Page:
Last week, Sen. John Barrasso (R-WY) wrote an op-ed in the Wall Street Journal, citing Hagel’s ties with the group Global Zero — which advocates for a world free from nuclear weapons — as part of his opposition to the former Senator’s nomination. Sen. Bob Corker (R-TN), the newly minted ranking member of the Senate Foreign Relations Committee, brought up the same point in his questioning of Secretary of State-nominee Sen. John Kerry.
“Typically, there’s a tension. The Defense Department presses for weaponry and making sure that our country is safe,” Corker said at the time. “The State Department presses for nuclear arms agreements and reductions. And so in the event this person is confirmed, that balance is not going to be there.”
Those worries were echoed this morning by Sen. John Cornyn (R-TX), the Senate Minority Whip, appearing on Fox News. Among a laundry list of issues, Cornyn singled out Hagel’s stance on nuclear weapons as being disqualifying:
CORNYN: [...] His embrace of these naive ideas like a nuclear free world which you know is fine to say ‘I hope and I wish and I pray that it would be that way’ but it’s not realistic and it’s naive particularly among the person who is supposed to represent American national security and keep the peace.
Cornyn and Barrasso’s stance on nuclear weapons is not particularly surprising. Cornyn helped lead the charge against the passage of the New START treaty along with John Kyl, his immediate predecessor as Whip. Sens. Cornyn and Barrasso both voted against the nuclear arms reduction deal, with Sen. Corker joining 70 of his colleagues to ratify the bilateral treaty with Russia.
Hagel’s actual positions on the matter can be deduced ahead of his confirmation hearing on Thursday. The Pentagon recently published a paper outlining several “myths” related to Hagel that it sought to correct. Responding to claims that Hagel seeks to weaken the U.S, the paper noted that as Senator from Nebraska “where headquarters of U.S. Strategic Command is located, [Hagel] developed a keen understanding of the critical importance of fielding a safe, secure, and effective nuclear deterrent.”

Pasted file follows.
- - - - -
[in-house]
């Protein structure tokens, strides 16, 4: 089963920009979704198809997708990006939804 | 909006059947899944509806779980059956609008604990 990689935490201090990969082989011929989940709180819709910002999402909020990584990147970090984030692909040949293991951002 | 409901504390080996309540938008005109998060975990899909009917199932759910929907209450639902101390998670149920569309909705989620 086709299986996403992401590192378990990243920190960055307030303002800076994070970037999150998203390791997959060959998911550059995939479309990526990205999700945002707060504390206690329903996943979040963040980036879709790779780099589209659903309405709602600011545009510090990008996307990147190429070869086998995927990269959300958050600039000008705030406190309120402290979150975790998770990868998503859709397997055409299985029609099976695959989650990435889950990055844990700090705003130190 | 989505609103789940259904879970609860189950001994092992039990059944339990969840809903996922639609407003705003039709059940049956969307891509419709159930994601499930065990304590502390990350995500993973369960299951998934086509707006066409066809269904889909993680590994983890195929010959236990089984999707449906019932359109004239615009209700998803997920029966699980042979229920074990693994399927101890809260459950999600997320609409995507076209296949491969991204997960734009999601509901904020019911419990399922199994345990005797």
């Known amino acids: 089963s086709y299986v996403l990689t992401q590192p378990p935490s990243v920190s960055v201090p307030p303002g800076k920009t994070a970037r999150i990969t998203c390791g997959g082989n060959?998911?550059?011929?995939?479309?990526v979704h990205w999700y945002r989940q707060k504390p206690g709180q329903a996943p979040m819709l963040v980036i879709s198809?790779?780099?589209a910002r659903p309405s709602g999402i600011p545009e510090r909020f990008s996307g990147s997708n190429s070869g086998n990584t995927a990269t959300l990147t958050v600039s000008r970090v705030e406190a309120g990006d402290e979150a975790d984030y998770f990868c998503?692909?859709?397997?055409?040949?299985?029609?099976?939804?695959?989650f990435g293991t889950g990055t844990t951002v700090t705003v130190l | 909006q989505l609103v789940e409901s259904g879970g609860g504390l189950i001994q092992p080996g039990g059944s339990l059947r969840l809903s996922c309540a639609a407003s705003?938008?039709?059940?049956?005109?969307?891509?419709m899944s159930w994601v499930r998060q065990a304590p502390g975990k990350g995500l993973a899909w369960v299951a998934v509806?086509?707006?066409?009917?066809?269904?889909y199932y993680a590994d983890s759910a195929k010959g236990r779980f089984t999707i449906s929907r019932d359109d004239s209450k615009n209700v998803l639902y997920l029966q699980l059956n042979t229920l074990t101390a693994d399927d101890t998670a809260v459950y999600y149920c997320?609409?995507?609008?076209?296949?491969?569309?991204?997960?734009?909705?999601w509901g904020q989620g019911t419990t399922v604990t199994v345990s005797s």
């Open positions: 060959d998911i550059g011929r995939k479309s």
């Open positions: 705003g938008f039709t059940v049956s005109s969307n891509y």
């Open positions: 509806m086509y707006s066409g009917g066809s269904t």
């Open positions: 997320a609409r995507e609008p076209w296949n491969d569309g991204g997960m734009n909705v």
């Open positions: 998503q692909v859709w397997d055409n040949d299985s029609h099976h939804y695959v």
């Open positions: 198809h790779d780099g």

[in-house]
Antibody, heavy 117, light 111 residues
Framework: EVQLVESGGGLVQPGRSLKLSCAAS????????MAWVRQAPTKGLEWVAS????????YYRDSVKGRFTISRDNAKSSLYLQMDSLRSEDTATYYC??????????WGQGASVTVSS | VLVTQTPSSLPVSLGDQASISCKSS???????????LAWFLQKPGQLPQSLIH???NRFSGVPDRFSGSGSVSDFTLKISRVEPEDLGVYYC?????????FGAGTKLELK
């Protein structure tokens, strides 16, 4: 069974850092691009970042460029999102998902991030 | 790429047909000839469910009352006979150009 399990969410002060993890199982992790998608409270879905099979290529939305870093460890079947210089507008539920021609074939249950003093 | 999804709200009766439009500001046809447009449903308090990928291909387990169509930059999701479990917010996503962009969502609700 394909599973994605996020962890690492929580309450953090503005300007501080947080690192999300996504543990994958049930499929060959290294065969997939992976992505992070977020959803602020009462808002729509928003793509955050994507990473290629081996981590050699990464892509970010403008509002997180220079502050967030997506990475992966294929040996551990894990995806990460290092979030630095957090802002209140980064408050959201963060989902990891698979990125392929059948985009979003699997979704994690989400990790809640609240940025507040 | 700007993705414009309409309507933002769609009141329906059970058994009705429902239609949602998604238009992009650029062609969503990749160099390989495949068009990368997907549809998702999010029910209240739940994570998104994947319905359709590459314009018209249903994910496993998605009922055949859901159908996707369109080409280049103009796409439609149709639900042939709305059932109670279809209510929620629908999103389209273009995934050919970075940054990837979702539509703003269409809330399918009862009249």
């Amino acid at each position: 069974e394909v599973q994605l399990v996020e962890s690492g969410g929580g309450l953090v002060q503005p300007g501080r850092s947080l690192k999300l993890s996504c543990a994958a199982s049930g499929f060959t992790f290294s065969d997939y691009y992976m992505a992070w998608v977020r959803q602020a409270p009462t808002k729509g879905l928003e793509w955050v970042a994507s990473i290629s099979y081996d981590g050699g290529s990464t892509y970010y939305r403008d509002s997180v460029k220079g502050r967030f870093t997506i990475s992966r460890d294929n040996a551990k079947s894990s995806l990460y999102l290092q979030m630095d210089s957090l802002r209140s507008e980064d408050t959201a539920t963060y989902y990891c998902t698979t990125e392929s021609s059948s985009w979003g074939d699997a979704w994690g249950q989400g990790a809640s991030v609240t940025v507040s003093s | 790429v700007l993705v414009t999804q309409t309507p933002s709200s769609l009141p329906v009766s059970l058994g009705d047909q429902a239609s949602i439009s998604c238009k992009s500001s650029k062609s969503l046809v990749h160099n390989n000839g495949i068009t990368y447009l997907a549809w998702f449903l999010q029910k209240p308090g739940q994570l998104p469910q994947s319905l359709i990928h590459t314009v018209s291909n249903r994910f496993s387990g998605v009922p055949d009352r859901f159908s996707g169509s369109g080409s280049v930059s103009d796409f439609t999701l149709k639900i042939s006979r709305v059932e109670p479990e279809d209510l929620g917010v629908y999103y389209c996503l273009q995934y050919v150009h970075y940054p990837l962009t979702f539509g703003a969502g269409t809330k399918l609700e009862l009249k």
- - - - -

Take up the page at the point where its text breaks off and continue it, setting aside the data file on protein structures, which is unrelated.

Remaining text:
Several of Hagel’s Global Zero colleagues — including Amb. Richard Burt, Gen. (Ret.) James E. Cartwright, Amb. Thomas Pickering and Gen. (Ret.) John J. Sheehan — today issued a statement defending the former senator’s signing onto a report from the group. In their statement, they challenge the claim that their report called for deep, immediate, unilateral cuts to the U.S. nuclear arsenal. Instead, the report concludes, “Only a broad multilateral approach can effectively address the multitude of serious nuclear dangers found in other parts of the world.” Likewise, the report, as well as several letters and op-eds signed onto by Hagel, calls for maintaining at present a stockpile of hundreds of nuclear weapons, more than capable of providing deterrence towards other nuclear states.
Hagel also co-authored the “Nuclear Weapons Threat Reduction Act of 2007” with then-Senator Barack Obama, a clear-eyed call to work towards preventing the spread and usage of nuclear weapons without exposing the U.S. to unneeded risk. As Senator Kerry said in his response to Corker’s question, “[Hagel and others are] not talking about today’s world. Henry Kissinger, Jim Baker, I think Jim Schlesinger, former secretaries of defense, many others, have all agreed with that as a goal for the world. It’s a goal. It’s an aspiration. And we should always be aspirational.”
All of this squares with the Obama administration’s stated policy on nuclear reduction. In 2009, President Obama gave a speech in the Czech Republic, defining “America’s commitment to seek the peace and security of a world without nuclear weapons.” That commitment was reaffirmed in a March 2012 speech. “We have more nuclear weapons than we need,” Obama said then. “I firmly believe that we can ensure the security of the United States and our allies, maintain a strong deterrent against any threat, and still pursue further reductions in our nuclear arsenal.”
President Ronald Reagan himself — lauded by Republicans such as Sen. Barrasso for his shrewdness in negotiating with the Soviet Union — called for a world without nuclear weapons. Under Reagan’s watch, the United States signed onto the original START treaty to begin reducing its vast nuclear arsenal. Speaking at China’s Fudan University in 1984, Reagan made his stance towards nuclear weapons perfectly clear. “And no matter how great the obstacles may seem, we must never stop our efforts to reduce the weapons of war,” Reagan said. “We must never stop at all until we see the day when nuclear arms have been banished from the face of this Earth.”